There’s an old saying that goes…People don’t leave companies; they leave their managers. Statistics taken from exit interviews support this golden nugget of wisdom. From interviews conducted of employees who voluntarily leave companies, 3 out of every 4 cite their direct supervisor as the primary reason for leaving.
With 75% of employees choosing to leave the company and blaming their direct supervisors as the cause for their decision, you’d think that more companies would be investing in Leadership Development. While most business owners would agree that there is value in all aspects of professional development, taking action on this idea is not given the sense of urgency it deserves. It seems that Leadership Development is often a topic that gets pushed to the “maybe/future” pile of most executive conference tables because companies are often unwilling to invest the TIME, MONEY, and COMMITMENT into something that does not guarantee a return, much less immediate results.
So, why should company leaders make the risky investment in Leadership Development?
It costs more to ignore the problem. A LOT more.
Failure to retain employees is expensive. Employee turnover costs businesses in the United States about $11 BILLION EACH YEAR. Using the logic of numbers and statistics, if we transformed the BAD SUPERVISORS cited on those exit interviews into GOOD SUPERVISORS, that would save about $8.25 BILLION. Additionally, many other problems such as poor hiring, ineffective job training, low job satisfaction, would plummet if more companies invested in Leadership Development.
Employees aren’t just dissatisfied with their boss…they aren’t so sure about the Big Boss either.
80% of employees report being dissatisfied with their current immediate supervisor. But it’s not just “direct superiors” that are the problem. 70% lack confidence in the leadership abilities of upper-management as well. The primary reason for this is the “iceberg” concept. According to Tim Elmore, 10% of the iceberg that sits above the water is leadership skills) and the other 90% that lies below the surface is leadership character. It’s what’s below the surface that threatens the organization’s success.
When director-level leaders ignore problems created by middle managers’ and supervisors’ poor character, employees begin to lose confidence in those who are creating the culture and the corporate mission. Line-level employees are very aware of what is actually happening in the organization. They know which of their co-workers is a slacker, who is stealing, and who is the boss’s favorite. They also know if their direct supervisor is effective or ineffective. If executive leaders really want to make an impact, they should schedule skip-level meetings and take action on what employees share in those conversations.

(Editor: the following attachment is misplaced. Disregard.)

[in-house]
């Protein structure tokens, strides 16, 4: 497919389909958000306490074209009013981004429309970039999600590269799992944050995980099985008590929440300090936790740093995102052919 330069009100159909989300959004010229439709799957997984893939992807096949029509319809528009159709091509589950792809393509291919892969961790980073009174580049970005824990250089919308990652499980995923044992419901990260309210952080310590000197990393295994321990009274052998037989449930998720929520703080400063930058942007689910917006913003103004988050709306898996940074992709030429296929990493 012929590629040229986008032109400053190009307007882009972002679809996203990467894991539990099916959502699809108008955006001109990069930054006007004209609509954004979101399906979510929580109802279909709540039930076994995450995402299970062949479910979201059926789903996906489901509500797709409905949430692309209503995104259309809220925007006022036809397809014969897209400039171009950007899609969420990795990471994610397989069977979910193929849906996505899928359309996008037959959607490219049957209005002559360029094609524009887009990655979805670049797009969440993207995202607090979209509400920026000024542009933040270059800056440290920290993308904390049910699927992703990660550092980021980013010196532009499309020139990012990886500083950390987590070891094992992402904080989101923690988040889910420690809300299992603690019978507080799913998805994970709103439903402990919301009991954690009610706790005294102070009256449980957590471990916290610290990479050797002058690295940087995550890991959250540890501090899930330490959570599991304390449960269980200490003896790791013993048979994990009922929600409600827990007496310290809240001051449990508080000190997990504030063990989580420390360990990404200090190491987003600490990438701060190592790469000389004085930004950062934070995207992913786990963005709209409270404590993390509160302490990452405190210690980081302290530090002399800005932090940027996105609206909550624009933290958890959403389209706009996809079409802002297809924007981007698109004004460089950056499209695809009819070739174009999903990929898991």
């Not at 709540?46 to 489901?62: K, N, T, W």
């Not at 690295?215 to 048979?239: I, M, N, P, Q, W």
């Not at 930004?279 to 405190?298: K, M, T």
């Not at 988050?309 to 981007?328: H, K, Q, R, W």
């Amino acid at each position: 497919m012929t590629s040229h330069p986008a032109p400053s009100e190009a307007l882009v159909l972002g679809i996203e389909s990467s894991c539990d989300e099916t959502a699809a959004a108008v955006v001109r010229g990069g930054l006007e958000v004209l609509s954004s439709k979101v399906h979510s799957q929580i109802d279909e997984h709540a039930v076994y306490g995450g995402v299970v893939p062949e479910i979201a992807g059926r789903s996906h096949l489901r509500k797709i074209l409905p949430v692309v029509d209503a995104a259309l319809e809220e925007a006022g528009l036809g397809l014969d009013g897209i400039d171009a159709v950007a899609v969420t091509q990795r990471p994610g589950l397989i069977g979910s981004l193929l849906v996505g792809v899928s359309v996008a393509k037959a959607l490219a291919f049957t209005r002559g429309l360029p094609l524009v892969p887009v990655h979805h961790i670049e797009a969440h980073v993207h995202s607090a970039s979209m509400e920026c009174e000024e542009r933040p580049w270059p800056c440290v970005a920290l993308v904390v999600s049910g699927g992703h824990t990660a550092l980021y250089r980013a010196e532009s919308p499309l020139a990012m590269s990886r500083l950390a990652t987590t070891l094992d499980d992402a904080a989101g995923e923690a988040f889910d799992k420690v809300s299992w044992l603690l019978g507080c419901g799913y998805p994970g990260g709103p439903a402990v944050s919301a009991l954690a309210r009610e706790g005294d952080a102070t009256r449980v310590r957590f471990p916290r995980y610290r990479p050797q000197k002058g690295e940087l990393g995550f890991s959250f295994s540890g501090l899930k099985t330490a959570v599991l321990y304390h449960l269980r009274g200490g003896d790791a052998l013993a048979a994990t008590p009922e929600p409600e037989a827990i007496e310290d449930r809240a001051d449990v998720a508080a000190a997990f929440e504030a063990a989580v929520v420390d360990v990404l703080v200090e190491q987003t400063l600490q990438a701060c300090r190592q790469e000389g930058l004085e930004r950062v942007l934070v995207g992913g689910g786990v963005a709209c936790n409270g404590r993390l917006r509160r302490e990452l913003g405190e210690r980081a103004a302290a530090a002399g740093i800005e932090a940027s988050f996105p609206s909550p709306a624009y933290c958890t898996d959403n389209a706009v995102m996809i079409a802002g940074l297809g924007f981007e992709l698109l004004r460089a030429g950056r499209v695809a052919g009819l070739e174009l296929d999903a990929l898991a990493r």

Poor employee engagement is stunting your company’s growth.
71% of workers polled in the U.S. reported that they were not engaged at work. What does this mean? In simple terms: THEY DO NOT CARE. They perform at the “getting by” level. They do what is necessary to avoid being hassled or getting fired. If they have any good ideas to improve the business, they don’t share them with management. They don’t even complain to management anymore because it’s wasted effort. For these 71%, they see their jobs as a necessary evil they must endure in order to exist. Most companies undervalue the magic of employee engagement.
A company with highly engaged employees has virtually unlimited growth potential. Engaged employees compose strong teams with consistently high performing team players. Engaged employees come up with and share ideas because they are not only encouraged but expected to do so. They don’t just point out problems…they offer solutions! And here’s the truth…employee engagement is a direct reflection of leadership. Without the right leader, engagement will never happen.
Making an investment in Leadership Development might be a risky one. Truly successful programs require investments of time, money, and complete commitment from the top – down. Will the investment pay off? That depends on several key elements. But there is zero chance of your company ever reaching its full potential with weak leaders in place. Even if your company is presently doing well, a strong Leadership Development program will do much to ensure future growth and success. And if your company is stagnant or struggling, enacting the right Leadership Program might just be the missing component needed to achieve business goals.
Bullock Consulting can help your organization construct a Leadership Development program tailored for success. Check out our website http://www.bullockconsulting.net/ to find out how we can help.